February 2017: Journal of the Acoustical Society of America
Fernando Llanos, Joshua M Alexander, Christian E Stilp, Keith R Kluender
While all languages differentiate speech sounds by manner of articulation, none of the acoustic correlates proposed to date seem to account for how these contrasts are encoded in the speech signal. The present study describes power spectral entropy (PSE), which quantifies the amount of potential information conveyed in the power spectrum of a given sound. Results of acoustic analyses of speech samples extracted from the Texas Instruments-Massachusetts Institute of Technology database reveal a statistically significant correspondence between PSE and American English major classes of manner of articulation...
February 2017: Journal of the Acoustical Society of America
Jillian M Sills, Brandon L Southall, Colleen Reichmuth
Standard audiometric data are often applied to predict how noise influences hearing. With regard to auditory masking, critical ratios-obtained using tonal signals and flat-spectrum maskers-can be combined with noise spectral density levels derived from 1/3-octave band levels to predict signal amplitudes required for detection. However, the efficacy of this conventional model of masking may vary based on features of the signal and noise in question. The ability of resource managers to quantify masking from intermittent seismic noise is relevant due to widespread geophysical exploration...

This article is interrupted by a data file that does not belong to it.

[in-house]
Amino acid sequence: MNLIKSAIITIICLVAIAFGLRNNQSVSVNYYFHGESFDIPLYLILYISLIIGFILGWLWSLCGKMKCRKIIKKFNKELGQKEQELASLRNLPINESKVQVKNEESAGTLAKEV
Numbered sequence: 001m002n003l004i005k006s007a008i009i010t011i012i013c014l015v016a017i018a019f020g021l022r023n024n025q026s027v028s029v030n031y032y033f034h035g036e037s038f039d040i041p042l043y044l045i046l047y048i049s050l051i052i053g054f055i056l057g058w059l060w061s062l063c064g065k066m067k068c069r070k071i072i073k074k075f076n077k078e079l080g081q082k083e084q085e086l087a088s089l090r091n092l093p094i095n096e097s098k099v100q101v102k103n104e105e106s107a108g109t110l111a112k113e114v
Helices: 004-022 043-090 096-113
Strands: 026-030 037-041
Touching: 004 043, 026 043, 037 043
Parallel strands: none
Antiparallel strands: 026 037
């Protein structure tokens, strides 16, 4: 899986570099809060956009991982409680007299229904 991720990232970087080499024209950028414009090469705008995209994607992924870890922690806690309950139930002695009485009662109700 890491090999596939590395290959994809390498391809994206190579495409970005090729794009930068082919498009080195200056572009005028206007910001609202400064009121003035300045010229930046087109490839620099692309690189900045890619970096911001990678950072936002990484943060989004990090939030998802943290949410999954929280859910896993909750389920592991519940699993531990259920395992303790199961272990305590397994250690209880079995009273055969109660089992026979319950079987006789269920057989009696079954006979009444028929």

February 2017: Journal of the Acoustical Society of America
Weihai Huang, Deping Yu, Min Zhang, Fengfei Ye, Jin Yao
Ultrasonic elliptical vibration cutting (UEVC) is effective in ultraprecision diamond cutting of hard-brittle materials and ferrous metals. However, its design is quite empirical and tedious. This paper proposes an analytical design method for developing the UEVC device which works at the Flexural-Flexural complex-mode to generate the elliptical vibration. For such UEVC device, the resonant frequencies of the two flexural vibrations are required to be the same. In addition, the nodal points of the two flexural vibrations should be coincident so that the device can be clamped without affecting the vibrations...
February 2017: Journal of the Acoustical Society of America
Amy M Van Cise, Marie A Roch, Robin W Baird, T Aran Mooney, Jay Barlow
Divergence in acoustic signals used by different populations of marine mammals can be caused by a variety of environmental, hereditary, or social factors, and can indicate isolation between those populations. Two types of genetically and morphologically distinct short-finned pilot whales, called the Naisa- and Shiho-types when first described off Japan, have been identified in the Pacific Ocean. Acoustic differentiation between these types would support their designation as sub-species or species, and improve the understanding of their distribution in areas where genetic samples are difficult to obtain...
February 2017: Journal of the Acoustical Society of America